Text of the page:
By Leslie Walbridge
Have you ever been told that a job interview is like an audition? Well, in some cases it is, but if the process is done right, the interview ought to be much more like a first date. The key difference being that both sides are “auditioning” for each other. If you go to an interview without questions to ask the interviewer, you are doing yourself a serious disservice, and it might even cost you the job.
First of all, when an interviewer asks you if you have any questions for them, it is expected that you will. If you don’t, you look unprepared and it casts a doubt on whether you are truly interested in the position. There is no possible way that you could have found out everything you need or want to know about the organization before arriving at the interview. Therefore, if you don’t have any questions it looks like you are too desperate, uninterested or lazy to really care about the position or the organization. You do not want to be put in any of those categories.
Secondly, how will you know if you actually want the position if you don’t ask the questions you need answers to? Certainly you have some deal breakers and criteria that must be met for you to be happy in the job. Perhaps you need a manager who is good about communicating and giving feedback. Or maybe you need a laid back and casual work environment. It is unlikely that you would be able to glean that information from the organization website or a short interview. And trust me; you will want to know before you start work so that you don’t end up right back where you are after a month in an environment you hated. Before you go to your interview, think about what you do and do not like in a work environment. When your interviewer asks if you have any questions that is your opportunity to ask what the managerial style of your supervisor is or what the work environment is like. Those are appropriate questions that will save you and the interviewer time and money down the road.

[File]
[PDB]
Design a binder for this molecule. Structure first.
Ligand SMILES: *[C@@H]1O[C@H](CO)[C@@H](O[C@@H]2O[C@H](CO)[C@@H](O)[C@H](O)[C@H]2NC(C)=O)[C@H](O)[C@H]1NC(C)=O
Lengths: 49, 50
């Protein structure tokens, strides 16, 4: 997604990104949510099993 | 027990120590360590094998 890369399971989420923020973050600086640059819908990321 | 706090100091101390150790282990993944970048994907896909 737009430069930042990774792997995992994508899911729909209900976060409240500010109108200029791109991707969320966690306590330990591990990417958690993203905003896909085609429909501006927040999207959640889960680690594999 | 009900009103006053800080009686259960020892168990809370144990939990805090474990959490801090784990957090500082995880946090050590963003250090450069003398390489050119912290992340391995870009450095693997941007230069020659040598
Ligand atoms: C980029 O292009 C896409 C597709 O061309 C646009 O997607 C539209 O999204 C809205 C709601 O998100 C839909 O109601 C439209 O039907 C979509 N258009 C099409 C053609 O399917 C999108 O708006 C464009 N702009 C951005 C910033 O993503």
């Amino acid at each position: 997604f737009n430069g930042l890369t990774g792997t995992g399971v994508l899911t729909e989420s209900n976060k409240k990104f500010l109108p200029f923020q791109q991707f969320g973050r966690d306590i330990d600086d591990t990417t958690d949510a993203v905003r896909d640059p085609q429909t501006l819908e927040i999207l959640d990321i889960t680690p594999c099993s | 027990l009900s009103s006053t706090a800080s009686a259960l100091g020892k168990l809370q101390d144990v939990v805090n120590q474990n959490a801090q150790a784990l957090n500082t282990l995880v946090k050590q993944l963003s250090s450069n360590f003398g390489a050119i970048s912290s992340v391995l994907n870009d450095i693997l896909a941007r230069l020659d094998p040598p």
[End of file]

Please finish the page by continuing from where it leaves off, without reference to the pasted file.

Need more inspiration? Tom Hart published a handy list of questions you can keep in your pocket.
Interviewing for a job is a key step in the process; you do not want to waste the opportunity by being unprepared. To an interviewer, everything you do with regard to the interview is reflective of how you work. If you do not seem to care about the interview, why would they think you would care about the actual position? If you need further tips about preparing for an interview, see this related post.